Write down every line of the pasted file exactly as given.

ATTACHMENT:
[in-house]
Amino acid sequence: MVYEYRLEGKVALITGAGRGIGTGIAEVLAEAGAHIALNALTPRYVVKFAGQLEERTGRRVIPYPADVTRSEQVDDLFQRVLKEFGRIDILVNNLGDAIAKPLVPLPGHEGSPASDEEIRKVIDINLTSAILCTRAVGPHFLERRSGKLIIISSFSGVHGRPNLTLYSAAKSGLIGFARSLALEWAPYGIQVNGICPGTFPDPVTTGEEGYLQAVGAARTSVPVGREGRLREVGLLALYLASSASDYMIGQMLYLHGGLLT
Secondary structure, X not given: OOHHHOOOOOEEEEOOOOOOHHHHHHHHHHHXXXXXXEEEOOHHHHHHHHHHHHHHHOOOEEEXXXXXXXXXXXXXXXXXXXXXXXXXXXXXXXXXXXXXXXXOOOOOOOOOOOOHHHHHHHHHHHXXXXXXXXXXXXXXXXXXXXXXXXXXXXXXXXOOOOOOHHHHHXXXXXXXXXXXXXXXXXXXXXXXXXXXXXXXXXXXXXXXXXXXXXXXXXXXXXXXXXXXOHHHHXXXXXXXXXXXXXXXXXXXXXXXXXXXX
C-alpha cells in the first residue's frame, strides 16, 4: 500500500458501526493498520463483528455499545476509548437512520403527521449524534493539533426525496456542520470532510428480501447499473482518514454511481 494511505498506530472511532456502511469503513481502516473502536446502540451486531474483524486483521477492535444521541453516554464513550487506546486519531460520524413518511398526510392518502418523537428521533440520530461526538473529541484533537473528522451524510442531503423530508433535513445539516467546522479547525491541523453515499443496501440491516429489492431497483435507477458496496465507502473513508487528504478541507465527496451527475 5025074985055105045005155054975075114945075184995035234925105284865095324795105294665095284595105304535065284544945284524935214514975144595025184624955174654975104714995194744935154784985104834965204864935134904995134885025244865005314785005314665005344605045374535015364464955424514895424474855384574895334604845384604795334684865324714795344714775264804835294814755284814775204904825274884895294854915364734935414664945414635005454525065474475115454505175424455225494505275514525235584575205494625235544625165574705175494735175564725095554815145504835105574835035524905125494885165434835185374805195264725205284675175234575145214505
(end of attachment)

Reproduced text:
[in-house]
Amino acid sequence: MVYEYRLEGKVALITGAGRGIGTGIAEVLAEAGAHIALNALTPRYVVKFAGQLEERTGRRVIPYPADVTRSEQVDDLFQRVLKEFGRIDILVNNLGDAIAKPLVPLPGHEGSPASDEEIRKVIDINLTSAILCTRAVGPHFLERRSGKLIIISSFSGVHGRPNLTLYSAAKSGLIGFARSLALEWAPYGIQVNGICPGTFPDPVTTGEEGYLQAVGAARTSVPVGREGRLREVGLLALYLASSASDYMIGQMLYLHGGLLT
Secondary structure, X not given: OOHHHOOOOOEEEEOOOOOOHHHHHHHHHHHXXXXXXEEEOOHHHHHHHHHHHHHHHOOOEEEXXXXXXXXXXXXXXXXXXXXXXXXXXXXXXXXXXXXXXXXOOOOOOOOOOOOHHHHHHHHHHHXXXXXXXXXXXXXXXXXXXXXXXXXXXXXXXXOOOOOOHHHHHXXXXXXXXXXXXXXXXXXXXXXXXXXXXXXXXXXXXXXXXXXXXXXXXXXXXXXXXXXXOHHHHXXXXXXXXXXXXXXXXXXXXXXXXXXXX
C-alpha cells in the first residue's frame, strides 16, 4: 500500500458501526493498520463483528455499545476509548437512520403527521449524534493539533426525496456542520470532510428480501447499473482518514454511481 494511505498506530472511532456502511469503513481502516473502536446502540451486531474483524486483521477492535444521541453516554464513550487506546486519531460520524413518511398526510392518502418523537428521533440520530461526538473529541484533537473528522451524510442531503423530508433535513445539516467546522479547525491541523453515499443496501440491516429489492431497483435507477458496496465507502473513508487528504478541507465527496451527475 5025074985055105045005155054975075114945075184995035234925105284865095324795105294665095284595105304535065284544945284524935214514975144595025184624955174654975104714995194744935154784985104834965204864935134904995134885025244865005314785005314665005344605045374535015364464955424514895424474855384574895334604845384604795334684865324714795344714775264804835294814755284814775204904825274884895294854915364734935414664945414635005454525065474475115454505175424455225494505275514525235584575205494625235544625165574705175494735175564725095554815145504835105574835035524905125494885165434835185374805195264725205284675175234575145214505